Help-Seeking Behavior of Female Victims of Intimate Partner Violence in Ghana: The Role of Trust and Perceived Risk of Injury
Although several studies have investigated the socio-cultural underpinnings of intimate partner violence (IPV) in Ghana, few explore the help-seeking behavior of the victims. This study examined the help-seeking behavior of female victims of IPV in Ghana. Specifically, it explored the role of perceived risk of injury and trust in determining whether and where victims seek help and their likelihood of seeking help in the event of future abuse. The study used nationally representative cross-sectional data (N = 1689) and logit regression techniques to address these research objectives. The majority of respondents who had suffered IPV had not sought help after experiencing violence. However, of these, a substantial proportion said they would do so in the future. Respondents with high perceived risk of injury from physical and emotional violence were significantly more likely to seek help from both formal and informal support networks than those who saw themselves at no risk. Those with high levels of trust in formal and informal institutions were more likely to seek help from these networks. Compared to those who did not, respondents who thought IPV should be kept private were less likely to seek help, especially in future abuse. Finding suggest policy makers should educate women about IPV, especially their risk of violence.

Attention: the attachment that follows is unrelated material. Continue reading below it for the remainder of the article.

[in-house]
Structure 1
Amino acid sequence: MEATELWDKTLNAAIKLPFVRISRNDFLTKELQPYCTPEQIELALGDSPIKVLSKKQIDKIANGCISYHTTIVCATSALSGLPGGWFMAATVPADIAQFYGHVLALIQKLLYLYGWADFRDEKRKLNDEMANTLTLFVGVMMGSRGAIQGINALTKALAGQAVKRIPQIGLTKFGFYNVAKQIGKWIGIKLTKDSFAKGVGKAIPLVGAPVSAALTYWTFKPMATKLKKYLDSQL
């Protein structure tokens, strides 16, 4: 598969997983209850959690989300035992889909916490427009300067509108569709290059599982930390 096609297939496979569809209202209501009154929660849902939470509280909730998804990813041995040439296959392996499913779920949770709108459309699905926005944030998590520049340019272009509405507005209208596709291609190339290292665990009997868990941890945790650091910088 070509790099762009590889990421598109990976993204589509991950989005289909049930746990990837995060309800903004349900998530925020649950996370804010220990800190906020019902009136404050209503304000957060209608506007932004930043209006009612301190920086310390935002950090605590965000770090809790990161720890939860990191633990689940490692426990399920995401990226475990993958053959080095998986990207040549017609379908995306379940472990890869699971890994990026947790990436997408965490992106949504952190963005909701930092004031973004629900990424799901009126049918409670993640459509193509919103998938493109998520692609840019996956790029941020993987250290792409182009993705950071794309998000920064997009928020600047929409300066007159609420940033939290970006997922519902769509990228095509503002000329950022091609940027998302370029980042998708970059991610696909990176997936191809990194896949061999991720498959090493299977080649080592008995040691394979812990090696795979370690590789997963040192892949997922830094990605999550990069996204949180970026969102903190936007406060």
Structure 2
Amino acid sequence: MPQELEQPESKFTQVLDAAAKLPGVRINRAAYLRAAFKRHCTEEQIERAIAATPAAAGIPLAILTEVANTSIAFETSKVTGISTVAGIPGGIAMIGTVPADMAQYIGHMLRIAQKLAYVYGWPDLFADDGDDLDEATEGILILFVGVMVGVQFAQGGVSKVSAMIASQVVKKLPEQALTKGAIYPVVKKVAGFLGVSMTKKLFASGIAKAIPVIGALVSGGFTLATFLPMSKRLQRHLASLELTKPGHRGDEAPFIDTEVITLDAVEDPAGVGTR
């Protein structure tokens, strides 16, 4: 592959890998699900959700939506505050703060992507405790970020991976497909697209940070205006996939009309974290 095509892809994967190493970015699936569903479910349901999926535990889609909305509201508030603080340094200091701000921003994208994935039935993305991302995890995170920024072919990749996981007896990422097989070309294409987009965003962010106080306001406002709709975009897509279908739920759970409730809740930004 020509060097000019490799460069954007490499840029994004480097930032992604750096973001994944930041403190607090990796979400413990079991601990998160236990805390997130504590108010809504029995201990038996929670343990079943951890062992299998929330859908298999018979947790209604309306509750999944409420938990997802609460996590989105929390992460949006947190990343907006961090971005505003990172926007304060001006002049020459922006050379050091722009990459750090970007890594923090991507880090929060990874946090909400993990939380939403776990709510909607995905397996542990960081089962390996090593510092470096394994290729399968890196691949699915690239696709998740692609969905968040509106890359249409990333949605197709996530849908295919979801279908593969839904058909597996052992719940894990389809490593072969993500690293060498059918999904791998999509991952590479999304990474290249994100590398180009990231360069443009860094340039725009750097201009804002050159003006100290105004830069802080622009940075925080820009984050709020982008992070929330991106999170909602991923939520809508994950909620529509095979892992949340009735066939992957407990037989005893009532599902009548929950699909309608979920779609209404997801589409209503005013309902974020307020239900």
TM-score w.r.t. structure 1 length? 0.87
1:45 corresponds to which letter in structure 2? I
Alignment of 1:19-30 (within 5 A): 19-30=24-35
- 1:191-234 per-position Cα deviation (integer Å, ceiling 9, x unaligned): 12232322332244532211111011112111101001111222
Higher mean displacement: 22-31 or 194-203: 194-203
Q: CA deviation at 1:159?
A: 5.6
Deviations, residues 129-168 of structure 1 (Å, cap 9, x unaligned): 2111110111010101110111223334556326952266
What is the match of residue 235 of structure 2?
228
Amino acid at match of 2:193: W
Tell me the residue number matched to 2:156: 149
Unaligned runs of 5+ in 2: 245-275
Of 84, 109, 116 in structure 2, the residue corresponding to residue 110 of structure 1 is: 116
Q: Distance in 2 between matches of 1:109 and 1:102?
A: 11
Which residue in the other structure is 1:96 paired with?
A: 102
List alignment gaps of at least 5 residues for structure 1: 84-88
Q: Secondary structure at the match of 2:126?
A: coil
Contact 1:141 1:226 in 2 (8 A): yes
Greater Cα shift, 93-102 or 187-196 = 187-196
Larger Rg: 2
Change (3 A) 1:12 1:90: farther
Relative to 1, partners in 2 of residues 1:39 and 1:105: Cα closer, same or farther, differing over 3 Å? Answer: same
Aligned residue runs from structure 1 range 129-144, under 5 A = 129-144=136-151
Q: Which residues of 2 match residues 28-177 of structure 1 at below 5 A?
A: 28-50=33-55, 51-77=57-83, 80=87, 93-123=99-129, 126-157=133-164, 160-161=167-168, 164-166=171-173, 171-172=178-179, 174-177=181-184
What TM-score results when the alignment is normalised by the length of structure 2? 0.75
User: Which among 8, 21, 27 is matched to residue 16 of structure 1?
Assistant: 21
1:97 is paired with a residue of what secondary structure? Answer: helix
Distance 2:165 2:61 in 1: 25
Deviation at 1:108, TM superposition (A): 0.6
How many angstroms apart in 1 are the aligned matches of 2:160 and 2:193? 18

KeywordsGhana Help-seeking Trust Risk perception Intimate partner violence
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